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Life-History Traits of the Black Soldier Fly, Hermetia illucens (L.) (Diptera: Stratiomyidae), Reared on Three Manure Types

Department of Entomology, Texas A&M University, 2475 TAMU, College Station, TX 77845, USA
Author to whom correspondence should be addressed.
Animals 2019, 9(5), 281;
Received: 26 February 2019 / Revised: 13 May 2019 / Accepted: 21 May 2019 / Published: 25 May 2019
(This article belongs to the Special Issue Insects: Alternative Protein Source for Animal Feed)
PDF [1079 KB, uploaded 25 May 2019]

Simple Summary

The growing global human population raises concern about future food security. Such growth may lead to an increase in animal production, which raises concern about waste management. Rearing insects on animal manure could be an efficient solution to manage animal waste; but a better understanding of bioconversion of different manure types by targeted insects is necessary in order to develop such systems. Black soldier fly larvae are voracious feeders that are capable of digesting a wide range of organic material, including manure. Previous research has demonstrated that black soldier flies can convert manure into valuable biomass (i.e., aquaculture and poultry feed) while reducing nutrients and dry matter by 50% or more, and odorous volatile compounds by up to 100%. The purpose of this study was to evaluate the performance of select life-history traits of black soldier fly larvae fed three types of manure (poultry, swine, and bovine). The results may supplement existing data or give new perspective on how this insect may be used for waste management while producing an alternative feed.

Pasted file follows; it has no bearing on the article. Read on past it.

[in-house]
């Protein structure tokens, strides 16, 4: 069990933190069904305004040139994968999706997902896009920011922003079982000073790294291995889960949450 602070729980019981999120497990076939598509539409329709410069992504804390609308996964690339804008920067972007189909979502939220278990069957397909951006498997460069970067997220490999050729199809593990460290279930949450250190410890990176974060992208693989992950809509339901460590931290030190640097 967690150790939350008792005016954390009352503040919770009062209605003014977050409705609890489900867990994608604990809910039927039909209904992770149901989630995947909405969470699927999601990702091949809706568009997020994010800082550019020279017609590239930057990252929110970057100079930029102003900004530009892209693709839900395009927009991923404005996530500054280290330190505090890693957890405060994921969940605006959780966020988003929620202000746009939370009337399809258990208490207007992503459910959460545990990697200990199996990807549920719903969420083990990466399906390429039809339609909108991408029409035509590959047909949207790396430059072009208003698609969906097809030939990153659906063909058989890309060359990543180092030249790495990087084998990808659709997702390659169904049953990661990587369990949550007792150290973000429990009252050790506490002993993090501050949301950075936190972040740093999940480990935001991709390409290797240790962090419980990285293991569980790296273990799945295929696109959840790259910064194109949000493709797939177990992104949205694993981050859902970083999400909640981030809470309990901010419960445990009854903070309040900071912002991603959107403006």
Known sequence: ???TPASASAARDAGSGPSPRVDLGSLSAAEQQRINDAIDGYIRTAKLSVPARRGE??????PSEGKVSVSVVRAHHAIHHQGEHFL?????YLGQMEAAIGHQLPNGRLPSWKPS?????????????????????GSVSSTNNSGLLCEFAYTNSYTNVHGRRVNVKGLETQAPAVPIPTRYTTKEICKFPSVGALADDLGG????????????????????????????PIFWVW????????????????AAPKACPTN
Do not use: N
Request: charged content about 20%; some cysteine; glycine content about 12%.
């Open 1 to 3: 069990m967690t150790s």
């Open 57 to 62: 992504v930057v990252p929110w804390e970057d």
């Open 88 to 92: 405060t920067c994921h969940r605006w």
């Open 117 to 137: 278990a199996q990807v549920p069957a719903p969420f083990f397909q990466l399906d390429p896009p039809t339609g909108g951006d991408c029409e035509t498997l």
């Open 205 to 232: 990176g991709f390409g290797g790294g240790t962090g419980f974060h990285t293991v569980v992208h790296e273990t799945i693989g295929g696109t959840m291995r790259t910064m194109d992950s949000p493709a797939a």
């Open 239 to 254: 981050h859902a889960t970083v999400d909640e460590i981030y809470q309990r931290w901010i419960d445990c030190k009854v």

Structural changes and growth of animal production systems have resulted in greater volumes of manure. Current manure storage methods pose a potential environmental threat. Lessening these issues is a key concern for the animal production industry. The primary aim of this research was to evaluate black soldier fly (BSF) performance when fed poultry, swine, or dairy manure at different rates (18 or 27 g/2 d until 40% prepupation). The results indicated that larvae fed with the control diet (Gainesville diet) were the heaviest (+31–70%); however, for other life-history traits, those fed the higher feed rate of poultry manure produced comparable results to the control. Larvae fed more resource, regardless of manure type, weighed more as larvae (+3–9%), pupae (+22–48%), and adults (+18–42%), developed faster (up to 3–4 d), had a higher percentage reach the prepupal stage (+2–16%), lived longer as adults (+1 d), and converted more resource to biomass (up to 1% more) than those fed at the lower rate. Yet, no difference was detected in dry matter (DM) reduction across feed rate for a given manure type. Based on these results, all three manure types can be digested by black soldier fly larvae, thus demonstrating their potential for waste management. View Full-Text
Keywords: waste management; insect protein; confined animal facilities; sustainable agriculture; insect farming waste management; insect protein; confined animal facilities; sustainable agriculture; insect farming

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Miranda, C.D.; Cammack, J.A.; Tomberlin, J.K. Life-History Traits of the Black Soldier Fly, Hermetia illucens (L.) (Diptera: Stratiomyidae), Reared on Three Manure Types. Animals 2019, 9, 281.

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